Then Kai Winn goes rogue and decides to stop the Reckoning from happening. Why does she decide to stop the Reckoning?
I think this one can be answered: it's because she is jealous that Kira was chosen by the Prophet instead of her.
It came across to me like they were trying to imply Winn did it because of her jealousy of the Emissary's faith in the prophets and his willingness to trust them with his son's life. Which doesn't quite make sense.
Winn being jealous the prophets chose Kira makes more sense, but I didn't see any suggestion of that motivation in the episode itself.
It could have been either of those things, or something else, her actions just aren't well explained and don't make sense. Ambiguity can be good, but in this case I just don't know what the plan was.
According to MA, they changed the ending as Winn was originally supposed to be the one possessed by the Pah-wraith, and Sisko was the one to stop the Reckoning to save the station. When they changed things around and had Jake be possessed instead, and decided that Sisko was willing to stand by and risk the life of his son, that's when they decided Winn would be the one to put a stop to it. The result was that Winn's motivation doesn't come naturally from the story but from the necessity to have someone save the station.
I did like that the Prophet ignored Winn, though. That was a good bit of foreshadowing.
So, I saw the new trailer for Star Trek II 2 today, and the timing was just perfect. Those of you that were around when I reviewed Star Trek I 2 several years ago know that I wasn't a fan of that movie. I didn't hate it, it just didn't suit my tastes, and while seeing a starship crash into the sea looks kinda cool, I don't imagine Star Trek Tutu will be to my tastes either. I know that a lot has been made about the similarities between Valiant and Star Trek Un Deux since that film's release, but I still think that I would have much preferred that movie if Kirk and co had died at the end of it.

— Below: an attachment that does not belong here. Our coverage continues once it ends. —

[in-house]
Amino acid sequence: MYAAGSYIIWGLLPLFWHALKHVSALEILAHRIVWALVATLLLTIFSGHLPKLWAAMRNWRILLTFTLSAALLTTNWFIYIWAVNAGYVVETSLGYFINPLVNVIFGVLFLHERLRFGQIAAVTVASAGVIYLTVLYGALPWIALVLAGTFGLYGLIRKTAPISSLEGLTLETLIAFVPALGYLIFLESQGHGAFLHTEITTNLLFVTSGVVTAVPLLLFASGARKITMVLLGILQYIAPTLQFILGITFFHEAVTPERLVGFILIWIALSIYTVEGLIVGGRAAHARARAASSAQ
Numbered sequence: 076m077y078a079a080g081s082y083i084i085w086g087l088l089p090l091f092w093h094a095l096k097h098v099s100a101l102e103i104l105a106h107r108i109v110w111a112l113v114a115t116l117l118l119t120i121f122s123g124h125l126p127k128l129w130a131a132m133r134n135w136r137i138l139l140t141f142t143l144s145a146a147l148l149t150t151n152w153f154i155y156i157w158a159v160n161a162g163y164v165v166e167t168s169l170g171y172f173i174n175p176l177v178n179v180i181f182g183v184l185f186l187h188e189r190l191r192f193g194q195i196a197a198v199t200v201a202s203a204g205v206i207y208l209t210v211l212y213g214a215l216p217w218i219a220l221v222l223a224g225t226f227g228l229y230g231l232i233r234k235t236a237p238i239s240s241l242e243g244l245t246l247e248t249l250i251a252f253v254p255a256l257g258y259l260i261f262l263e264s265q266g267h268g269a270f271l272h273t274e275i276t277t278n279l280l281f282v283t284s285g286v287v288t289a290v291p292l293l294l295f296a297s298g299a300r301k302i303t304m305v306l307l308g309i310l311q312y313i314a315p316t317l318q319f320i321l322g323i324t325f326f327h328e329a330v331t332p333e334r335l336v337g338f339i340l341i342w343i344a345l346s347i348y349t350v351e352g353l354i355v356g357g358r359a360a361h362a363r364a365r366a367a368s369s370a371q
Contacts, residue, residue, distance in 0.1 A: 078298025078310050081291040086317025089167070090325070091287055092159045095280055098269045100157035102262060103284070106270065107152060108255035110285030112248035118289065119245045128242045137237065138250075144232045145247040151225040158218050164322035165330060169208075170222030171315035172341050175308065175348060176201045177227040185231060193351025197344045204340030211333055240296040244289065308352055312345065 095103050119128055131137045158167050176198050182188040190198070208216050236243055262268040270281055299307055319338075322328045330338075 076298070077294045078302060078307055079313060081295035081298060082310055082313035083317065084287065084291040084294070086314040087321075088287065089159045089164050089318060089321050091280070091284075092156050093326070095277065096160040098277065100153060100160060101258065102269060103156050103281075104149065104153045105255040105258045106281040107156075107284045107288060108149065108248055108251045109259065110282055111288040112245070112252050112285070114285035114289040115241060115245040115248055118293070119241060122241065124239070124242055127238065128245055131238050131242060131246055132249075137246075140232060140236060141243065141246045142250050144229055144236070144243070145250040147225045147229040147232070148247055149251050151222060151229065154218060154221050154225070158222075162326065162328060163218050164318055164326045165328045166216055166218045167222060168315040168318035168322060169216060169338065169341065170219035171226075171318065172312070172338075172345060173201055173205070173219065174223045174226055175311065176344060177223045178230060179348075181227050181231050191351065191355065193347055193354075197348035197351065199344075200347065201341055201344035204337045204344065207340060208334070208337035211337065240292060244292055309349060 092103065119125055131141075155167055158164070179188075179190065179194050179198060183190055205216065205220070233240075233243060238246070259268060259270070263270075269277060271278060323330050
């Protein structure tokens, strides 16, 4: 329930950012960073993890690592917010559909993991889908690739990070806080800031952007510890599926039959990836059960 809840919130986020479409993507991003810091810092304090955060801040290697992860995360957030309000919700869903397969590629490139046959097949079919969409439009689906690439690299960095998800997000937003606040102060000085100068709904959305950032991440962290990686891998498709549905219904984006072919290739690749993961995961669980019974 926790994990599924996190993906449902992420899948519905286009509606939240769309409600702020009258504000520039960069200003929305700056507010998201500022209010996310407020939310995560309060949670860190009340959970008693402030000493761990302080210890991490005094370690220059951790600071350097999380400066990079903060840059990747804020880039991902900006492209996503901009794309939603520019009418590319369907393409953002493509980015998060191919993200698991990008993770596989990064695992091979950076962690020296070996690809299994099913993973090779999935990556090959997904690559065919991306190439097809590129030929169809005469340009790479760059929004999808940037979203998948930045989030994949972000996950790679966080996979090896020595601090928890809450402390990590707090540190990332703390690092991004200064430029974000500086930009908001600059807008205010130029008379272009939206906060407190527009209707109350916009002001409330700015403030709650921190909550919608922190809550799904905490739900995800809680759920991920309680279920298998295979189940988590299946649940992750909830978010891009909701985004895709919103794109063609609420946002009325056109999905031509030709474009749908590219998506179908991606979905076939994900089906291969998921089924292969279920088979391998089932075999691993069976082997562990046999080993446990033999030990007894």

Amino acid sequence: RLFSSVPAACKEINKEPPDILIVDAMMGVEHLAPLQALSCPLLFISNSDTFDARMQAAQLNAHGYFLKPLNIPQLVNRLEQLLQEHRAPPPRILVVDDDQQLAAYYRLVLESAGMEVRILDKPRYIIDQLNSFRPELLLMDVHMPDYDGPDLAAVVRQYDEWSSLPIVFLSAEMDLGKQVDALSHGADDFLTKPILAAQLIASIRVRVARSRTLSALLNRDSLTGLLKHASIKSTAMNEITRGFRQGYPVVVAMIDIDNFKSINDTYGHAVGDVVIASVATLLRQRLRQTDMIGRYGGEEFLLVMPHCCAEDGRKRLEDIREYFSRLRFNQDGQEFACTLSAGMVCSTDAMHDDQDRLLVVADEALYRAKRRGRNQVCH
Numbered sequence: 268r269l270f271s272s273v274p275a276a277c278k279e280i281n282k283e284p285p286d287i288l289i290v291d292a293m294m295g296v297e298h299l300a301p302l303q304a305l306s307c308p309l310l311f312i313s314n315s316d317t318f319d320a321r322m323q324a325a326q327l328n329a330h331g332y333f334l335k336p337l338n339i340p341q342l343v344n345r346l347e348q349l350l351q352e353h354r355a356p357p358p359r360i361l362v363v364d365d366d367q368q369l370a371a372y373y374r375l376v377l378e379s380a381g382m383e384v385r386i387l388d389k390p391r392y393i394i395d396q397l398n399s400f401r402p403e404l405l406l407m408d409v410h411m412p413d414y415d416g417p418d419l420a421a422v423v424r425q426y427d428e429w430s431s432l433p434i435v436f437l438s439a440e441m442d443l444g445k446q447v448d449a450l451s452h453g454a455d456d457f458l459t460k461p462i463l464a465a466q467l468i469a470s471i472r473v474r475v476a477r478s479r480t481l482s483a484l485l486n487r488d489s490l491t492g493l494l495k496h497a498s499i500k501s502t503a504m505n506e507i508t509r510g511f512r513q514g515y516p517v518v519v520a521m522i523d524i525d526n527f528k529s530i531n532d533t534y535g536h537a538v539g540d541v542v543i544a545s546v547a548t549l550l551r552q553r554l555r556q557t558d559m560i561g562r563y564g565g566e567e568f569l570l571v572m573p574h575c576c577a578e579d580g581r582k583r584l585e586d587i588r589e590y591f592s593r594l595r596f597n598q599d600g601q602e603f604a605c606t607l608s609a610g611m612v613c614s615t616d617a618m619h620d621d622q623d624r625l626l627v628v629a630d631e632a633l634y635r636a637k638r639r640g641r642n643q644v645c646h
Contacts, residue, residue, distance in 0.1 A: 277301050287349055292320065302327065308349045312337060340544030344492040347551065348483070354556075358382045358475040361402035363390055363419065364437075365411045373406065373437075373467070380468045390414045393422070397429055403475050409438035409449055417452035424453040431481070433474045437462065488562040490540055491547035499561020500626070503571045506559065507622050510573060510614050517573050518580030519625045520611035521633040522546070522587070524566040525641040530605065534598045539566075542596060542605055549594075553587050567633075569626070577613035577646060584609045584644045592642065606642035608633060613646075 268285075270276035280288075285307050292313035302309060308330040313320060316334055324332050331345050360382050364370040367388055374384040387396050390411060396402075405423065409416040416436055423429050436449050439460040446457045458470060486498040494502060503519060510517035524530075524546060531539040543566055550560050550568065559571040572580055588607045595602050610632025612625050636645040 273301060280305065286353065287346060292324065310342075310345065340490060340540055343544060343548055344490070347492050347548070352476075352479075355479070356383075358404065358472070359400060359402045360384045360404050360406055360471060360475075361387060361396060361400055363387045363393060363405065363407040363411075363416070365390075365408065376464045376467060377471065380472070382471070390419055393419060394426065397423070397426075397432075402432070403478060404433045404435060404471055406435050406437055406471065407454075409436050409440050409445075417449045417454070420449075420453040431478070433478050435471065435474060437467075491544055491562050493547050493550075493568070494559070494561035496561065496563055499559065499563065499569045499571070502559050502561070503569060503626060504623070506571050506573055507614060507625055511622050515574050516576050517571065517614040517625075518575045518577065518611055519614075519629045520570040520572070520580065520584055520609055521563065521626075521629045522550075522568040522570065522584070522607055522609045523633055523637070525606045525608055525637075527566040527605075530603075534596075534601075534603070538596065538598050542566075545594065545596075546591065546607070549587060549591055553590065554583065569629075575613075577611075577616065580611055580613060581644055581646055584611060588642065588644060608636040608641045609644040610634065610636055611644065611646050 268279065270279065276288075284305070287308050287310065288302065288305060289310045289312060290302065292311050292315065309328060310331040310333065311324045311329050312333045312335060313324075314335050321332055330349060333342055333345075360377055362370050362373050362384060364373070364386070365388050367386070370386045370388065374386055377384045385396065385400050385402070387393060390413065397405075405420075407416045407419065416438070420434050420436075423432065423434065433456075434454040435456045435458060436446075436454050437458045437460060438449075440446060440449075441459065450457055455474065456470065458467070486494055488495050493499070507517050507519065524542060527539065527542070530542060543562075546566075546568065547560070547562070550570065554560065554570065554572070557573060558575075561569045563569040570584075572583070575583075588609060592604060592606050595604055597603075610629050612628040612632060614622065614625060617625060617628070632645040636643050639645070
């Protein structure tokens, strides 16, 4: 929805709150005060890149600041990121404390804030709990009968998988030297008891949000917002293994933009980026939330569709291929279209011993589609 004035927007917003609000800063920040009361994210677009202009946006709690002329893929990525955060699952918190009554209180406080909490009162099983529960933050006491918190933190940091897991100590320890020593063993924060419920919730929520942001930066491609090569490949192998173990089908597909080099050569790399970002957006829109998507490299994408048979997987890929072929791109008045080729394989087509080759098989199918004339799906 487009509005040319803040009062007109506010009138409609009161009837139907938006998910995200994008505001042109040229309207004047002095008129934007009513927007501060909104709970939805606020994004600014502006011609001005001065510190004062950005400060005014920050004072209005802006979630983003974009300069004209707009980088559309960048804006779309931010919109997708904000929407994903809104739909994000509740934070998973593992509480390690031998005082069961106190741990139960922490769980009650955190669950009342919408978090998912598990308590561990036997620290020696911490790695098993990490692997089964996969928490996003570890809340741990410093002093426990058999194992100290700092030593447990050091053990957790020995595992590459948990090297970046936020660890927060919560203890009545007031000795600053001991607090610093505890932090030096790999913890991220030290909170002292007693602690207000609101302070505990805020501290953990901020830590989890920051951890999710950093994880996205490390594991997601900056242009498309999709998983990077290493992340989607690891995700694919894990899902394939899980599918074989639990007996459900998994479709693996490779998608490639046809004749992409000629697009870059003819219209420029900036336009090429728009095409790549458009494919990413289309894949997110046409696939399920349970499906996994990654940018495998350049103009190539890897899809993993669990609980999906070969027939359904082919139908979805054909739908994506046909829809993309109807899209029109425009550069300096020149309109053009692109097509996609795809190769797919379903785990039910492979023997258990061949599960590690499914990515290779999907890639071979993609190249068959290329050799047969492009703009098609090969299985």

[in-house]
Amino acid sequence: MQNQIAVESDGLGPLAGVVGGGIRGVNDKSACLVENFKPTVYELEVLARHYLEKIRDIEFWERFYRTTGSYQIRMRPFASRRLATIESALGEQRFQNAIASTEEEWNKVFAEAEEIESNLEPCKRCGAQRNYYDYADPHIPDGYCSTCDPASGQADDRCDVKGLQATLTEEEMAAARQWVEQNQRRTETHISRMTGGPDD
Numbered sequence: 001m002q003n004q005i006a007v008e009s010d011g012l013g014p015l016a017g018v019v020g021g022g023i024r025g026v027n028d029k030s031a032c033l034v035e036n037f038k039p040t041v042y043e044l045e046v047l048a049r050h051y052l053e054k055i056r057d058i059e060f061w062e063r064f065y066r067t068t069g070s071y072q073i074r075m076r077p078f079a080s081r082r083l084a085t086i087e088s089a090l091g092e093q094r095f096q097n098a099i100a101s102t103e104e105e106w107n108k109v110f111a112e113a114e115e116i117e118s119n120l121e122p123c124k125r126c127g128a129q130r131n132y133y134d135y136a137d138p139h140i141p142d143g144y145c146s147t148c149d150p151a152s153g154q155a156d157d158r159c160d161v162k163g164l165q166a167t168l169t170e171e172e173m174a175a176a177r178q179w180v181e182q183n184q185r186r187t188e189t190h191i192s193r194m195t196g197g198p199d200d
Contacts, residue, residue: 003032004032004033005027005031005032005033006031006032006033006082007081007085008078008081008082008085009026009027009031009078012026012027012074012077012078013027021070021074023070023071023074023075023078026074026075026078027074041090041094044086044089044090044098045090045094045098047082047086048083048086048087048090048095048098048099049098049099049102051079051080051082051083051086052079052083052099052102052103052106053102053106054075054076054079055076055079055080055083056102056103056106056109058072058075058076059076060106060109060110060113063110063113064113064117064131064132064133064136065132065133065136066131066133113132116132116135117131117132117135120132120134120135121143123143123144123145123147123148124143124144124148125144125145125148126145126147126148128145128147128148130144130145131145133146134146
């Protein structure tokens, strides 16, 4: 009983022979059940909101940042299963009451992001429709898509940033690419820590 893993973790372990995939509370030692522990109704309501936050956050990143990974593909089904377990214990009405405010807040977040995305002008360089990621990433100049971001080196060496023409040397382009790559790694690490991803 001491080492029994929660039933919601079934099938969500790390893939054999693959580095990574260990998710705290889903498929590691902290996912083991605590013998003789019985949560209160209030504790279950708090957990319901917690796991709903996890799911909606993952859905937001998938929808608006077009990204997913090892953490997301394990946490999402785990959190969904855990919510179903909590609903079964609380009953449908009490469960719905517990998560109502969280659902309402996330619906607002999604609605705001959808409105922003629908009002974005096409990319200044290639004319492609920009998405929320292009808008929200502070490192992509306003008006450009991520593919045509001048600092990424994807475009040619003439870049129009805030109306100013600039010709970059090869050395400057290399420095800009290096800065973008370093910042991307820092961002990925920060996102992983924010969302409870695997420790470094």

certainly has its problems. The setup is kinda out there, sending a crew of cadets on a training voyage in an advanced warship is rather unlikely. But if there's anything I've learned from watching every episode of Star Trek it is that Starfleet is utterly incompetent and the requirement for becoming an admiral is failing
the entry exam. (Cue joke about Admiral Janeway.) Another issue with the episode is that Jake, Nog, and Dr Dorian are the only survivors, which is mightily convenient. Another problem with the episode is that it lacks subtlety in many scenes, and if it was intended to be an ambiguous story where the audience is supposed to decide who was right and who was wrong, it failed on that front.
But other than those issue, I like it as a tale about how idiocy and glory-seeking in wartime will get you killed. And it will get your crew killed. And blindly following such a leader will get you killed. And it will get your friends killed. At various points in time, producers at Paramount considered inflicting a Star Trek movie or TV show about Starfleet cadets on us, and this episode is a brutal antidote to that. Like I said, it's not subtle, but it's a tale worth telling. It's also a reasonably good vehicle for Jake, which is rare in these latter seasons.
Runabouts Lost: 8